This innovative system has been used in the teaching of pathology practical sessions since 2008, and a survey of its application has shown that more than 90% of students agree that it facilitates more effective learning. Students find the images clearer, the demonstration process smoother and orientation of the slides easier, helping them understand pathological features better. Virtual microscopy thus alters how students learn and interact with course material, enhancing the learning process.
Numerous requests were made by students for access to the materials online and use of the system for anatomy-histology practical sessions and demonstration of gross specimens. In response, with the support of a development fund grant, a dedicated server was acquired for joint hosting of pathology and anatomy teaching slides and images and to allow students online access to the teaching material. This has provided opportunities for further innovative curriculum development and the cultivation of a student-centered learning environment, in line with the HKU strategic theme of providing a rich virtual learning environment that complements other pedagogies.
With support from the Center for the Enhancement of Teaching and Learning (CETL), we have also combined the use of digital pathology with a Moodle platform as the interface for interactive clinico-pathological case exercises for students.
Expanding the interactive learning experience beyond a classroom setting, these are case-based exercises presenting short clinical vignettes, with visual demonstration of pertinent pathologic features linked to the Aperio system followed by a series of questions designed to cover the important teaching points for each disease entity. By integrating pathological entities within clinical vignettes, students have a better opportunity to appreciate and understand the relevance of pathology in the clinical setting and to integrate multidisciplinary aspects in the learning of pathology.
These cases complement the PBL approach and specifically support the disciplinary knowledge of pathology and its application in medicine through provision of clinical data and the application of skills of visual interpretation.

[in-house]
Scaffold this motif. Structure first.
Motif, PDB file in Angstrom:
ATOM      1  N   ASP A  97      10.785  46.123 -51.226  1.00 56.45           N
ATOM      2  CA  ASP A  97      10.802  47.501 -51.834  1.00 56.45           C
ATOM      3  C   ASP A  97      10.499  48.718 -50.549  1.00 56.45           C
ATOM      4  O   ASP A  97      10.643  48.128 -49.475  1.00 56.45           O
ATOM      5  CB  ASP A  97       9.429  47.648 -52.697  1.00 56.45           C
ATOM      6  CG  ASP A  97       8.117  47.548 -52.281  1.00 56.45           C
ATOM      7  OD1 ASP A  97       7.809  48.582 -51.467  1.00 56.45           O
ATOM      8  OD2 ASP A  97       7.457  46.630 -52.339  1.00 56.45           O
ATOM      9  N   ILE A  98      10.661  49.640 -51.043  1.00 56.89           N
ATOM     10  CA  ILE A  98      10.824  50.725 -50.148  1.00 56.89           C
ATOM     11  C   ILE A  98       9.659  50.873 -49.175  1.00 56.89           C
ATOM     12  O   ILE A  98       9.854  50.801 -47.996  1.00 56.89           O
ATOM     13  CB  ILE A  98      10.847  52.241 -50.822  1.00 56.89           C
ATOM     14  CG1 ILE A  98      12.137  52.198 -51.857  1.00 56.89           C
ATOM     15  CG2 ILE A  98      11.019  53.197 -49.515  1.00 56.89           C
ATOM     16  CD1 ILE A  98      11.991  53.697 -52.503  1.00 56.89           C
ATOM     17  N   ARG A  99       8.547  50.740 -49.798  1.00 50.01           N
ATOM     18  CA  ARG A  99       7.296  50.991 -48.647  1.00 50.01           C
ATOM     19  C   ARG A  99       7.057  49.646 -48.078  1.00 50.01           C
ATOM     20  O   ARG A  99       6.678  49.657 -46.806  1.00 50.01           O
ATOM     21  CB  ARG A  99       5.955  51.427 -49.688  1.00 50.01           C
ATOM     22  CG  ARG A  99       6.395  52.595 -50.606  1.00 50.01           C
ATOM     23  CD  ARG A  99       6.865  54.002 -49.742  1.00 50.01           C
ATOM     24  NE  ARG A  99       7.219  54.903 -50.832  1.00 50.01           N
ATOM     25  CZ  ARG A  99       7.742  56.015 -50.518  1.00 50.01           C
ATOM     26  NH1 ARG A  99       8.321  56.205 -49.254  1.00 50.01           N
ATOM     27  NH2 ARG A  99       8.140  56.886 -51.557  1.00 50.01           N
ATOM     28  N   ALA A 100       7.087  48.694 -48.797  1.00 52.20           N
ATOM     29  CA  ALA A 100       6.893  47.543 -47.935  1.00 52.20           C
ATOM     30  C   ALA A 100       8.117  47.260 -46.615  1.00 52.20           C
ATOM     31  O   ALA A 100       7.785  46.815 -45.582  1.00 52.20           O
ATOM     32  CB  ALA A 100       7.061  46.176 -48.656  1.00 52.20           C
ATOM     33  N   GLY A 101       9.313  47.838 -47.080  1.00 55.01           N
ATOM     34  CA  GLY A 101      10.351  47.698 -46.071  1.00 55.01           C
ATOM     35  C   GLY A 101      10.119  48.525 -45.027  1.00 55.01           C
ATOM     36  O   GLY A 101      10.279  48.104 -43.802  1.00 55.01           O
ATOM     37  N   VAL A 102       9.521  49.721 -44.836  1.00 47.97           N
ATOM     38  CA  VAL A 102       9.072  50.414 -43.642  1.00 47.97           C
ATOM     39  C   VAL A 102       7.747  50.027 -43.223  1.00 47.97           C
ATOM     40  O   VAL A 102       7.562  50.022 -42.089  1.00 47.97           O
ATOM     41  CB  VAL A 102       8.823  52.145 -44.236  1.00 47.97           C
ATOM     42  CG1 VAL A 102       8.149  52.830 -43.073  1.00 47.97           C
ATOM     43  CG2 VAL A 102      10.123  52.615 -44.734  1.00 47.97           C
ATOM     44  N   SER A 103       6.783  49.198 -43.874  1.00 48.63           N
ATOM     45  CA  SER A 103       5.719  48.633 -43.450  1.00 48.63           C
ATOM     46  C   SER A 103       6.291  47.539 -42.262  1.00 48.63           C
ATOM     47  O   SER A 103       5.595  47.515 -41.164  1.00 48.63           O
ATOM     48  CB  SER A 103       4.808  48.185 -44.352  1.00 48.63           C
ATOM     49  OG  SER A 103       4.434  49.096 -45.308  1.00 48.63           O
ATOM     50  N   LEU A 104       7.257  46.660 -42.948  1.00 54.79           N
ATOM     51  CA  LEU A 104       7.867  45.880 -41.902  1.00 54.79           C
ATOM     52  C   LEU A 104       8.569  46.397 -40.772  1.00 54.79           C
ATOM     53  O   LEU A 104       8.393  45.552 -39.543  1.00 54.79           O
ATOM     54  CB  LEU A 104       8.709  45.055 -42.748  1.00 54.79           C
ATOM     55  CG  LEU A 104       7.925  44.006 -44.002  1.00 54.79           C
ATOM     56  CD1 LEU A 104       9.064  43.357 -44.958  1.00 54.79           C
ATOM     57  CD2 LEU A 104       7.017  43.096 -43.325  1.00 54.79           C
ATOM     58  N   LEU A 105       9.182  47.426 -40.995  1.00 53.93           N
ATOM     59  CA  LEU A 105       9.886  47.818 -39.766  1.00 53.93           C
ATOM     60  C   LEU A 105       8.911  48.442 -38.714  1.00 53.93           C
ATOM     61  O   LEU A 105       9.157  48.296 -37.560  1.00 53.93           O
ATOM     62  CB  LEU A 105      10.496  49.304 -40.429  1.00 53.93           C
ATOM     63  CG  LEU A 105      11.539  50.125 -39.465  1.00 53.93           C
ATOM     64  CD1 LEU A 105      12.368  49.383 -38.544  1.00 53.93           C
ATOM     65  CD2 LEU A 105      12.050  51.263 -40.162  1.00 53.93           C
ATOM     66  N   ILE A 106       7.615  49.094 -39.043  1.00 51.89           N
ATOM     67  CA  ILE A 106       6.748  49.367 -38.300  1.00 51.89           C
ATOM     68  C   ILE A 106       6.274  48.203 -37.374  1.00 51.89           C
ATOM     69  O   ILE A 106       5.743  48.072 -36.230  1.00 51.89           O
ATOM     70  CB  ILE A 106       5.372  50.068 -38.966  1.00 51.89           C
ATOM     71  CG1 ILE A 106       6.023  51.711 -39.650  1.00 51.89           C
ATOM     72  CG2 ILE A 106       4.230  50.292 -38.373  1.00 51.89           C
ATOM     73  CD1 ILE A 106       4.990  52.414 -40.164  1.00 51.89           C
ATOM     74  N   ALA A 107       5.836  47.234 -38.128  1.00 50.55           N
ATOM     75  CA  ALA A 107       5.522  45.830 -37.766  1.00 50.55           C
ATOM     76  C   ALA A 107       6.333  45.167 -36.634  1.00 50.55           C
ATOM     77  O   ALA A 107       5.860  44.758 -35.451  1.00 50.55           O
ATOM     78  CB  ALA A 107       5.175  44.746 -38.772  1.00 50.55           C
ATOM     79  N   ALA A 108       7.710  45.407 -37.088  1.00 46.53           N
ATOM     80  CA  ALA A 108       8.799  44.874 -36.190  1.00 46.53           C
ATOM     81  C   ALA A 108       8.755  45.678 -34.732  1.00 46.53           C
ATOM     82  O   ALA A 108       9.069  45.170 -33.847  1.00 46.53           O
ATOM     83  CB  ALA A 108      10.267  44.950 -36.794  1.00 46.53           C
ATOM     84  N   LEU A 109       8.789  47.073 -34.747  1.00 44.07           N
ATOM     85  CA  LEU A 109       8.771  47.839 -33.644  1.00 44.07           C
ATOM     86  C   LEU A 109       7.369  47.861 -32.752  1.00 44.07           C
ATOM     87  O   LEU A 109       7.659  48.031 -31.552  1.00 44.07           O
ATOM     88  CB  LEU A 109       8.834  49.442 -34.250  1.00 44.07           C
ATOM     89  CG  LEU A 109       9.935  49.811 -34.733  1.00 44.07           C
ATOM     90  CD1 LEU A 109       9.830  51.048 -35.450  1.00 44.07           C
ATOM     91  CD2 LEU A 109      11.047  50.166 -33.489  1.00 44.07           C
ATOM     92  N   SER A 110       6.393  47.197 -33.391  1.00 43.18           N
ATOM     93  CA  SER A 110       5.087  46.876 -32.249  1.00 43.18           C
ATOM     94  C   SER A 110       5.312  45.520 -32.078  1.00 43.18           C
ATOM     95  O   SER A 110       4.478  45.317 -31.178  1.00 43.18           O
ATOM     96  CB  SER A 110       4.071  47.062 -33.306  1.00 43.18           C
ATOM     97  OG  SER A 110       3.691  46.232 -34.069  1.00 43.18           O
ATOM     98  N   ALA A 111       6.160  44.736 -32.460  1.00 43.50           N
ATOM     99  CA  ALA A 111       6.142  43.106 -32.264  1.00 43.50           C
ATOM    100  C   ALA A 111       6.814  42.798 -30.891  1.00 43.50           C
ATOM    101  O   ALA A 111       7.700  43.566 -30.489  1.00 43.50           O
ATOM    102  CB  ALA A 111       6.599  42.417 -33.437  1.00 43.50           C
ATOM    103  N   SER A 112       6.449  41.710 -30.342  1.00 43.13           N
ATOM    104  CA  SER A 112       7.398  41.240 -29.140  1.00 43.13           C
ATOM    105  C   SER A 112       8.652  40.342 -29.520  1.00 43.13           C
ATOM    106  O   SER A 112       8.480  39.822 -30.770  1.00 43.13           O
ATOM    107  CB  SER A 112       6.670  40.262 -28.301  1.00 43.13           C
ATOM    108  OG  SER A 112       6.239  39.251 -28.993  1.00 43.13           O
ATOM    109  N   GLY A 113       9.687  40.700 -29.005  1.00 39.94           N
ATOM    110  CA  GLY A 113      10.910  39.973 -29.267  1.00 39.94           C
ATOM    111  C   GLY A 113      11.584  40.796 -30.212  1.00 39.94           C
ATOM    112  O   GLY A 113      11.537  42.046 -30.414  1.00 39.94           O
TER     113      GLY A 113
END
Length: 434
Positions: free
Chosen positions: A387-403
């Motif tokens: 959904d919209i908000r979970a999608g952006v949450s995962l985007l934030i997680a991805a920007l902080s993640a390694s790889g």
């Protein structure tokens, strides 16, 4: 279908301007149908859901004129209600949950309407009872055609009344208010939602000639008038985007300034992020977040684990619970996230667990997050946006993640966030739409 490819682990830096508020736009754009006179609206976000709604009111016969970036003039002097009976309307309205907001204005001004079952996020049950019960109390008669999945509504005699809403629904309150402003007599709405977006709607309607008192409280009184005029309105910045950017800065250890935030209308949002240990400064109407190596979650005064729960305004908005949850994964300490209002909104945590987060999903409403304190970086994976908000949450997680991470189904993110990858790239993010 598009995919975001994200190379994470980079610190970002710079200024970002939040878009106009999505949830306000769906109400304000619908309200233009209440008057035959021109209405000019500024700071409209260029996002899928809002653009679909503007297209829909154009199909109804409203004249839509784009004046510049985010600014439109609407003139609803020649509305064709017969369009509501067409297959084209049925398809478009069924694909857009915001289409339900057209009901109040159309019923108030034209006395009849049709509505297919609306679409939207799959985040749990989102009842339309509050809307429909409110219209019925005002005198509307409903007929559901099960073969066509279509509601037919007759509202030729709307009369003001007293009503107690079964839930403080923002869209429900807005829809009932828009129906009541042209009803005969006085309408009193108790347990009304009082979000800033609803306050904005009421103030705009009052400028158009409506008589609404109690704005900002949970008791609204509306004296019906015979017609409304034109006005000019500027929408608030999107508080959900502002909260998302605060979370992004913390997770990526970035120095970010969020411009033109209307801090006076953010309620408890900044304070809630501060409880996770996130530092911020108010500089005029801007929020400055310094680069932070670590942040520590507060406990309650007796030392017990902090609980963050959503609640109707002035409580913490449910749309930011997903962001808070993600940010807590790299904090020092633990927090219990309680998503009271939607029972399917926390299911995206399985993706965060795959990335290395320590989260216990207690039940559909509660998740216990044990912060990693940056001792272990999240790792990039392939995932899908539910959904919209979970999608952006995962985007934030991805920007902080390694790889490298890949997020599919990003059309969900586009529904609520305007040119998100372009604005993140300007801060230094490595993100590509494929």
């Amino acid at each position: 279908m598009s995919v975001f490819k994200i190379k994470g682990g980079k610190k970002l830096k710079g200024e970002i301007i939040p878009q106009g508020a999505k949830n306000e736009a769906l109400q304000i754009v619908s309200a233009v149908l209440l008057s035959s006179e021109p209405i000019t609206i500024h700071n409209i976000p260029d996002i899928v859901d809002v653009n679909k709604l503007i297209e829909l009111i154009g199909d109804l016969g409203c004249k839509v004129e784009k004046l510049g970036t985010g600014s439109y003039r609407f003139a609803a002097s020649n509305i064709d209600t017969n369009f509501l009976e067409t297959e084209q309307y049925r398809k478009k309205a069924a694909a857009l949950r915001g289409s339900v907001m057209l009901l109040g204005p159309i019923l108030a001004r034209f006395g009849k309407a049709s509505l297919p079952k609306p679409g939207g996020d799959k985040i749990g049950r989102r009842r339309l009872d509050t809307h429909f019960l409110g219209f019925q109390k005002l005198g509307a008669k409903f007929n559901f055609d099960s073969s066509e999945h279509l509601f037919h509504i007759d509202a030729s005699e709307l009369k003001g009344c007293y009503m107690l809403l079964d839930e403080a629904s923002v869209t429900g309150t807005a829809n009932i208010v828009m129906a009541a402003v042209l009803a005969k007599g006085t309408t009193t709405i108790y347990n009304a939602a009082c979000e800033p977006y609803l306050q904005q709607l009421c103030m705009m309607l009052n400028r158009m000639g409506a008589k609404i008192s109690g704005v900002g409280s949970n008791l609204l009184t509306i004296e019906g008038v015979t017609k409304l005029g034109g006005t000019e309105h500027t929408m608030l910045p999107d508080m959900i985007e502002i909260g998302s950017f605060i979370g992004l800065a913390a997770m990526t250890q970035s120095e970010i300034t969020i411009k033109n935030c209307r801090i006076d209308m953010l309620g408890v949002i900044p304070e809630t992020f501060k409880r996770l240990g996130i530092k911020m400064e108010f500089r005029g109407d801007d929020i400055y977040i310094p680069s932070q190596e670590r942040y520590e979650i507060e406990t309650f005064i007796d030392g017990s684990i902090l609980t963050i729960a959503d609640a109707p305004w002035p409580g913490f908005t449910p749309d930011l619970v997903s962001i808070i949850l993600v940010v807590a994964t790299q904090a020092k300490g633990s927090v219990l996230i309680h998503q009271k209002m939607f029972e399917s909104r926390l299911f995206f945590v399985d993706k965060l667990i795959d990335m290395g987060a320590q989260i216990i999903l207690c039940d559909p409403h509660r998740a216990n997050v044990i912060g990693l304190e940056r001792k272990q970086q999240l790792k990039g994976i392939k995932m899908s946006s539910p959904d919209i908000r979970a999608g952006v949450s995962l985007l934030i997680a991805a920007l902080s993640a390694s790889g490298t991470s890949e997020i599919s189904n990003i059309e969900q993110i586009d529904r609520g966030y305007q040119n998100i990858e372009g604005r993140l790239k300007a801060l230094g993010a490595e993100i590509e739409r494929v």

This innovative form of pathology teaching was given specific commendation by a visiting team from the Hong Kong Medical Council during the HKU medical education and training accreditation exercise in November 2013.
Bachelor of Biomedical Sciences
The Bachelor of Biomedical Sciences degree was introduced by the Faculty of Medicine in 2012. The objective of this program is to provide students with core knowledge across a broad range of biomedical science disciplines to prepare them for a variety of opportunities in academia, industry and other career paths. The Department of Pathology plays an important role in this mission by facilitating student experiential learning in the application of biomedical sciences for better understanding and the diagnosis and management of human diseases. Our department’s clinical input underlies the uniqueness of this program amongst similar programs in Hong Kong. Two core courses, The Mechanisms and Pathology of Human Diseases and Molecular Diagnostics Laboratory, together cover a range of topics that enable students to understand the basic pathogenetic mechanisms of diseases in different organ systems, as well as the principles and practice of key molecular diagnostic tests employed in the advanced management of patients.
Looking to the future
Senior students are now distributed in many allied hospitals where honorary teachers have a valuable role to play in offering teaching sessions, options to observe cut-ups, and clinical-pathological meetings. Laboratory attendance enables these students to better appreciate the importance of diagnostic pathologists in patient care and, overall, the direct contribution of the pathology profession to medical care. With regards to public perception, we endeavour to improve the image of pathologists, finding opportunities to make the general public better aware of the contribution of our expertise in many aspects of medicine.
The Common Core Curriculum
Resulting from the 2012 implementation of the new undergraduate curriculum at HKU, students are required to undertake the Common Core, a series of six courses across four Areas of Inquiry:
Scientific and Technological Literacy Humanities
China: Culture, State and Society
Teachers in our department are actively engaged in developing multidisciplinary programs to serve the needs of this new initiative.